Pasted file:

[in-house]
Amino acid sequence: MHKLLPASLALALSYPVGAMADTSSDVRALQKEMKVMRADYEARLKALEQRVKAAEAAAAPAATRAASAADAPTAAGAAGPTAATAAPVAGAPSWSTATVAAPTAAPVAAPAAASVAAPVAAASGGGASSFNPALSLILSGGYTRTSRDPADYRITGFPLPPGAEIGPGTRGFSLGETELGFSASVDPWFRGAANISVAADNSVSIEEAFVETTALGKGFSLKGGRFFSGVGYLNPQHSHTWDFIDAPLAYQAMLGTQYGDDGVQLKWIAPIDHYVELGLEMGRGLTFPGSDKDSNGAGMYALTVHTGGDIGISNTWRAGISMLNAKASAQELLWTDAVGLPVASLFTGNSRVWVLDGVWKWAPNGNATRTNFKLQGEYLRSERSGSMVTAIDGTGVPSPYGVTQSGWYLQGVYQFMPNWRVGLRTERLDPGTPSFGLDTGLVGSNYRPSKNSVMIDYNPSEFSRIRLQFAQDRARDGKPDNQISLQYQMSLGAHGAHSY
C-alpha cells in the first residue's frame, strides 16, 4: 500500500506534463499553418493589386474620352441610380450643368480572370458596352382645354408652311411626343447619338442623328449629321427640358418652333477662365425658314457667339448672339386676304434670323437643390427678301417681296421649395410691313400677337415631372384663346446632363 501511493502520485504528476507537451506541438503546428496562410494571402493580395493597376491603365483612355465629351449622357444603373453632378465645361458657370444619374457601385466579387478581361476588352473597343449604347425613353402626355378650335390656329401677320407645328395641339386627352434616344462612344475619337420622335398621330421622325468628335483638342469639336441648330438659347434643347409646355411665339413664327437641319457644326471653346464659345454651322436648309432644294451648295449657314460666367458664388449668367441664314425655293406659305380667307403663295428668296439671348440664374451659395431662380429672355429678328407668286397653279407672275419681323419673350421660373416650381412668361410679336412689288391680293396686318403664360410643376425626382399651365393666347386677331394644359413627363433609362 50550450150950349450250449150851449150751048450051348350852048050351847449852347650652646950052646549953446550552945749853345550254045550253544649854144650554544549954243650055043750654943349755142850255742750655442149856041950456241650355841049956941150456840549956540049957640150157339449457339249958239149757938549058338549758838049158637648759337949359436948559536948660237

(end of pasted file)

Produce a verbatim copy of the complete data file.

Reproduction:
[in-house]
Amino acid sequence: MHKLLPASLALALSYPVGAMADTSSDVRALQKEMKVMRADYEARLKALEQRVKAAEAAAAPAATRAASAADAPTAAGAAGPTAATAAPVAGAPSWSTATVAAPTAAPVAAPAAASVAAPVAAASGGGASSFNPALSLILSGGYTRTSRDPADYRITGFPLPPGAEIGPGTRGFSLGETELGFSASVDPWFRGAANISVAADNSVSIEEAFVETTALGKGFSLKGGRFFSGVGYLNPQHSHTWDFIDAPLAYQAMLGTQYGDDGVQLKWIAPIDHYVELGLEMGRGLTFPGSDKDSNGAGMYALTVHTGGDIGISNTWRAGISMLNAKASAQELLWTDAVGLPVASLFTGNSRVWVLDGVWKWAPNGNATRTNFKLQGEYLRSERSGSMVTAIDGTGVPSPYGVTQSGWYLQGVYQFMPNWRVGLRTERLDPGTPSFGLDTGLVGSNYRPSKNSVMIDYNPSEFSRIRLQFAQDRARDGKPDNQISLQYQMSLGAHGAHSY
C-alpha cells in the first residue's frame, strides 16, 4: 500500500506534463499553418493589386474620352441610380450643368480572370458596352382645354408652311411626343447619338442623328449629321427640358418652333477662365425658314457667339448672339386676304434670323437643390427678301417681296421649395410691313400677337415631372384663346446632363 501511493502520485504528476507537451506541438503546428496562410494571402493580395493597376491603365483612355465629351449622357444603373453632378465645361458657370444619374457601385466579387478581361476588352473597343449604347425613353402626355378650335390656329401677320407645328395641339386627352434616344462612344475619337420622335398621330421622325468628335483638342469639336441648330438659347434643347409646355411665339413664327437641319457644326471653346464659345454651322436648309432644294451648295449657314460666367458664388449668367441664314425655293406659305380667307403663295428668296439671348440664374451659395431662380429672355429678328407668286397653279407672275419681323419673350421660373416650381412668361410679336412689288391680293396686318403664360410643376425626382399651365393666347386677331394644359413627363433609362 50550450150950349450250449150851449150751048450051348350852048050351847449852347650652646950052646549953446550552945749853345550254045550253544649854144650554544549954243650055043750654943349755142850255742750655442149856041950456241650355841049956941150456840549956540049957640150157339449457339249958239149757938549058338549758838049158637648759337949359436948559536948660237